It started at the World Cup of Hockey. During a game between Russia and the Under-23 North American squad, Evgeny Kuznetsov picked up the puck in the defensive zone and wound up. Cutting down the ice, he beat one check, sped through the neutral zone and drove hard to the net. In one motion, Kuznetsov slipped the puck past the stick of Morgan Rielly and fired it on goal, beating goaltender Matt Murray to put Russia ahead 3-1.
And then Kuznetsov threw down what one would now argue has become his signature celebration, flapping his arms with one leg in the air like a goal-scoring flamingo. It’s a move he said he borrowed from EA Sports’ FIFA series.
And it was awesome.
Kuznetsov has since busted out the celebration a couple more times, and it’s happened twice during the post-season. The first came on familiar grounds, at the Air Canada Center, where the celebration had originated. After scoring to put Washington up 3-1, Kuznetsov lifted his leg and flapped his arms to celebrate his goal. And Thursday night he was back it, this time in front of the home fans at the Verizon Center, busting a move after scoring the game-tying goal in the third period.
Those who dislike shows of flamboyance will despise Kuznetsov’s celebratory shenanigans, calling it childish or stupid, all the while pointing to the fact the Capitals have gone on to lose both games Kuznetsov has attempted to fly away in. But, hey, hockey’s meant to be fun, and you can’t honestly say that celebrating like Kuznetsov doesn’t look at least a bit enjoyable.
More importantly, though, Kuznetsov’s repeated use of the celebration gives us an NHLer with a go-to post-goal move. He’s not the only one with a signature celebration. Here are five other players who can be recognized by their celebration alone:
Jaromir Jagr, The Salute
The most iconic celebration of all. Others have thrown out single celebrations that may stand out more — think Teemu Selanne glove hunting or Alex Ovechkin’s hot stick — but the post-goal salute is synonymous with one player and one player only. The surefire roots of the salute aren’t known, it’s been said it’s because he liked former Denver Broncos running back Terrell Davis’ Mile High Salute, but wherever it came from, the NHL saw it often.
In recent years, the salute has fallen by the wayside and he hasn’t busted it out in some time, but if Jagr knows he’s skating into the final season of his career one of these years, it’d be fun to watch him punctuate every goal with a salute. Seems only fitting that it would cap off his final goals.
P.K. Subban, The P.K. PoseSubban’s on-ice exuberance is one of the many things to love about the Predators defenseman and that includes the sheer joy he displays after lighting the lamp. His goals are always followed with some sort of big celebration, and most of the time that means dropping to one knee, sliding along the ice and cocking his arm back before punching the air.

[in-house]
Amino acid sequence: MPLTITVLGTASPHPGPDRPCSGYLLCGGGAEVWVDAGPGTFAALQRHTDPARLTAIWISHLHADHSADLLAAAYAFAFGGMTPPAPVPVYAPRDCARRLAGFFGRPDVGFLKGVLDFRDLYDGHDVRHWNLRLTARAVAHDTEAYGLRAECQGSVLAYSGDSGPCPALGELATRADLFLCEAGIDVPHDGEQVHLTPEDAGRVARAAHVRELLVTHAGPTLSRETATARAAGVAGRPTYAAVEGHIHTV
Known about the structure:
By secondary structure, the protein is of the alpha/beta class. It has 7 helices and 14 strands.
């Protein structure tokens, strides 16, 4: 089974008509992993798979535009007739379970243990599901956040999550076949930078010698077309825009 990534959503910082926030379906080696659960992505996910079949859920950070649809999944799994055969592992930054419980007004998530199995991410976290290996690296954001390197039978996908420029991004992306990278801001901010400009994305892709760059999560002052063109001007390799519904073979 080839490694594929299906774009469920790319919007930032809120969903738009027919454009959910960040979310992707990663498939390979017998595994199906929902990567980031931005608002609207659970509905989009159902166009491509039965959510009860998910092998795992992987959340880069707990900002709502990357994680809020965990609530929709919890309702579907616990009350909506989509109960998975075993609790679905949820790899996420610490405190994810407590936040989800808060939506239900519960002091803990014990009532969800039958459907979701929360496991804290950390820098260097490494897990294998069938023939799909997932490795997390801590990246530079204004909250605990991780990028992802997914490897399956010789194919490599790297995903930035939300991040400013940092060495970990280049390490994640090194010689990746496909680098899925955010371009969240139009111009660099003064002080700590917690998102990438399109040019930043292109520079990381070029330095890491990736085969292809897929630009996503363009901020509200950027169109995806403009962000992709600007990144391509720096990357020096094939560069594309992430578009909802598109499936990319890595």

The pose after the goal has become the signature of P.K.’s brand, his answer to the iconic foul line dunk silhouette that is the symbol of Michael Jordan’s lines. The shadowy outline of the one-knee slide celebration is on shirts and hats, and it’s even up in the top corner of Subban’s website.
If the celebration wasn’t great enough, Subban made a nice little addition on his first goal in Nashville, adding a lasso motion before striking the pose.
Alexander Radulov, The Swordsman
Radulov is a blast to watch for a ton of reasons. He’s skilled with the puck, makes plenty of how-did-he-do-that plays and is a constant threat when he’s on the ice. Best of all, though, there’s always the chance that he’s going to score and bust into a wild celebration, one which usually ends with him sheathing his stick like he’s just finished off a ferocious sword fight.
The shame of it all is that Radulov seemingly toned it down this past season in Montreal. When he was plying his trade in the KHL, it wasn’t all too rare to watch Radulov pretty much lose his mind after filling the net. If he ever scores a big goal — post-season overtime winner big — he’s got to get back to flying up the ice at mach speed before pulling off his celebration.
Patrick Kane, Heartbreaker
Football players are way better at this creative celebration thing than hockey players. Terrell Davis has already been mentioned, and Kane’s signature celebration — he’s done it twice, so we’ll count it — comes from the NFL, as well. Kane was a fan of Miami Dolphins defensive end and sack machine Jason Taylor, and felt it appropriate to incorporate one of Taylor’s celebrations during two instances in the post-season.
The first came against Vancouver during Chicago’s hotly contested rivalry with the Canucks. After scoring on Roberto Luongo in Game 6 of the second-round series, Kane celebrated by drawing the outline of a heart, rearing back and punching through it. The next time he did it, though, it was an even bigger goal against the Los Angeles Kings. This one sent the Blackhawks to the Stanley Cup final.
Alexandre Burrows and Luc Bourdon, Bow And Arrow
The celebration itself is simple. Burrows holds his stick out, pulls an imaginary arrow from a quiver, pulls back and let’s that arrow fly. But of all the players who have a so-called signature celebration, none have the same meaning as Burrows’ bow and arrow routine.
The move, which Burrows has been doing for nearly a decade now, is a tribute to late friend and teammate Luc Bourdon, who tragically passed away in May 2008 in a motorcycle accident at age 21. Bourdon was a promising young defenseman, a former member of Canada’s World Junior Championship squad, who had been drafted 10th overall by the Canucks in 2005. During his major junior career, Bourdon used to bust the bow and arrow move out as his own celebration, and Burrows began to use it shortly after Bourdon’s passing, always gazing up.